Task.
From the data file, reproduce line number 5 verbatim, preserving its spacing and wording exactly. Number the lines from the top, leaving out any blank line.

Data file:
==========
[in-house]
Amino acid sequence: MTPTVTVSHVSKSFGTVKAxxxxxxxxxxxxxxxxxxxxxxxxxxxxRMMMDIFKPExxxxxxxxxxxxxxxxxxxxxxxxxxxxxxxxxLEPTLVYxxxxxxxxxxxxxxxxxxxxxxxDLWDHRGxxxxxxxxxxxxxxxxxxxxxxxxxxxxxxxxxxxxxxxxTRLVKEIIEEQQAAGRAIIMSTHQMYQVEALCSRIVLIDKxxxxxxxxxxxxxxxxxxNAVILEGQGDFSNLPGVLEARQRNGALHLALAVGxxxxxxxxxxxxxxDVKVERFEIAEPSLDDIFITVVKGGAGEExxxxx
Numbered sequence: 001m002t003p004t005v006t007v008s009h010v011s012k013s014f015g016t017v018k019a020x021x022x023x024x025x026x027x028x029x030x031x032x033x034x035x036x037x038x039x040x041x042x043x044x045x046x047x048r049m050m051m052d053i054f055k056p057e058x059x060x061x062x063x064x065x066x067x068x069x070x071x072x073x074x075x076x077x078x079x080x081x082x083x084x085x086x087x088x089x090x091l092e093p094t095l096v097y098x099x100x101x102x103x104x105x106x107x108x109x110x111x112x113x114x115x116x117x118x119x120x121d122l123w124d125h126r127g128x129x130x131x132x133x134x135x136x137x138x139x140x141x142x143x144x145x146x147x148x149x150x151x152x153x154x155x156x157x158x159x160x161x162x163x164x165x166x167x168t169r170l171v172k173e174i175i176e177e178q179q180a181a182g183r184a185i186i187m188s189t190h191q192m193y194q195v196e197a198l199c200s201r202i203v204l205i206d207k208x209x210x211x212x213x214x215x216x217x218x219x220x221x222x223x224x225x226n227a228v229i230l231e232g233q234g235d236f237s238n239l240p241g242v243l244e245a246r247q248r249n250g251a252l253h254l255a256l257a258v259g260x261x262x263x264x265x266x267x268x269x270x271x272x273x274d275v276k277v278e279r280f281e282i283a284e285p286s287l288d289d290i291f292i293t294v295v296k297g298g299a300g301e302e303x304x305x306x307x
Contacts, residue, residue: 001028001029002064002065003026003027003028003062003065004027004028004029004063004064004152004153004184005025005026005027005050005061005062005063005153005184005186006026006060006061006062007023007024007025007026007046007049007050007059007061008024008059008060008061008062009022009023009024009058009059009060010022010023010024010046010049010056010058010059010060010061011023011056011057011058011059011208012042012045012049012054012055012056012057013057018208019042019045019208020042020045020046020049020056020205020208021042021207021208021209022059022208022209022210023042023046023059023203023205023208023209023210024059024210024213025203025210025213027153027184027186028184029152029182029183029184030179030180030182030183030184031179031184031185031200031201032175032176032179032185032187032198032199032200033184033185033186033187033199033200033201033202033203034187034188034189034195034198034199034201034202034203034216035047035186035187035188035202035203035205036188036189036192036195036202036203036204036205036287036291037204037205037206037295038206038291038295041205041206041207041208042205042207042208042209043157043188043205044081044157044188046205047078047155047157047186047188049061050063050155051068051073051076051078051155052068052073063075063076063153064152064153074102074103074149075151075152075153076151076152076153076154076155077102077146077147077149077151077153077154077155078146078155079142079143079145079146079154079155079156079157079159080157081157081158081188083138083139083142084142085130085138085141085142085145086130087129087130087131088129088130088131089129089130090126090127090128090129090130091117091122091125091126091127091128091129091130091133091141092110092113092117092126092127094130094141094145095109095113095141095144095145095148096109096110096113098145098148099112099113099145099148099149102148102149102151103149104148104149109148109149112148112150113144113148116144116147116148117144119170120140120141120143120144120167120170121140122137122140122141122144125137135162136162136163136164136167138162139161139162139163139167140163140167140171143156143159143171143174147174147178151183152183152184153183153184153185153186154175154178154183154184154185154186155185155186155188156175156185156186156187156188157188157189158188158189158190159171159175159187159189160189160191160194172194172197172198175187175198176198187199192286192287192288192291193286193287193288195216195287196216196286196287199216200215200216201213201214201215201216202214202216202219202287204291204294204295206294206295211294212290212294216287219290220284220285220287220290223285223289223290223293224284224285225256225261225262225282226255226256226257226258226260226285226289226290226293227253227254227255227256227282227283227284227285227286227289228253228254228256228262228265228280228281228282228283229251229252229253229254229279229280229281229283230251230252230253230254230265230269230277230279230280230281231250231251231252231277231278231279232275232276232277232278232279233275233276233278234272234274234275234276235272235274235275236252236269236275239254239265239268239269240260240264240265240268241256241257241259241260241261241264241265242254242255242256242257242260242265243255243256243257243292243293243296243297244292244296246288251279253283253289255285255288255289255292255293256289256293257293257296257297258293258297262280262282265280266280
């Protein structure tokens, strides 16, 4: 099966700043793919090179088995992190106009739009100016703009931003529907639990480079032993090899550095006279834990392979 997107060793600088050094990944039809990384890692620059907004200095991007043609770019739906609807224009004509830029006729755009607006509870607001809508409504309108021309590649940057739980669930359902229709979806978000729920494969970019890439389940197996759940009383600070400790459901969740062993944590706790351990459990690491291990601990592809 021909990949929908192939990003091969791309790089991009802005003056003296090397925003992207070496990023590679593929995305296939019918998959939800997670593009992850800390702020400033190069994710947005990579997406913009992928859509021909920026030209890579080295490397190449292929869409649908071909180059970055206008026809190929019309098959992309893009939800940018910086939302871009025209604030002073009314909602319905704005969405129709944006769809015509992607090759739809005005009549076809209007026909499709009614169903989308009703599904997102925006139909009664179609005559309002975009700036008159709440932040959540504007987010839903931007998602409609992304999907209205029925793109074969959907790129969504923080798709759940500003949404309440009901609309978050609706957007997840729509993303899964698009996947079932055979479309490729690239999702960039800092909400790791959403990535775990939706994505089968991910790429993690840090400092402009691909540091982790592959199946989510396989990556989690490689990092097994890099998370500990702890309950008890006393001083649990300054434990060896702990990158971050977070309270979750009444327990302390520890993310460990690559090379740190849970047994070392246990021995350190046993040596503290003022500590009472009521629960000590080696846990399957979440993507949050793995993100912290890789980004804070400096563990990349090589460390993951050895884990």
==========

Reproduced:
């Protein structure tokens, strides 16, 4: 099966700043793919090179088995992190106009739009100016703009931003529907639990480079032993090899550095006279834990392979 997107060793600088050094990944039809990384890692620059907004200095991007043609770019739906609807224009004509830029006729755009607006509870607001809508409504309108021309590649940057739980669930359902229709979806978000729920494969970019890439389940197996759940009383600070400790459901969740062993944590706790351990459990690491291990601990592809 021909990949929908192939990003091969791309790089991009802005003056003296090397925003992207070496990023590679593929995305296939019918998959939800997670593009992850800390702020400033190069994710947005990579997406913009992928859509021909920026030209890579080295490397190449292929869409649908071909180059970055206008026809190929019309098959992309893009939800940018910086939302871009025209604030002073009314909602319905704005969405129709944006769809015509992607090759739809005005009549076809209007026909499709009614169903989308009703599904997102925006139909009664179609005559309002975009700036008159709440932040959540504007987010839903931007998602409609992304999907209205029925793109074969959907790129969504923080798709759940500003949404309440009901609309978050609706957007997840729509993303899964698009996947079932055979479309490729690239999702960039800092909400790791959403990535775990939706994505089968991910790429993690840090400092402009691909540091982790592959199946989510396989990556989690490689990092097994890099998370500990702890309950008890006393001083649990300054434990060896702990990158971050977070309270979750009444327990302390520890993310460990690559090379740190849970047994070392246990021995350190046993040596503290003022500590009472009521629960000590080696846990399957979440993507949050793995993100912290890789980004804070400096563990990349090589460390993951050895884990």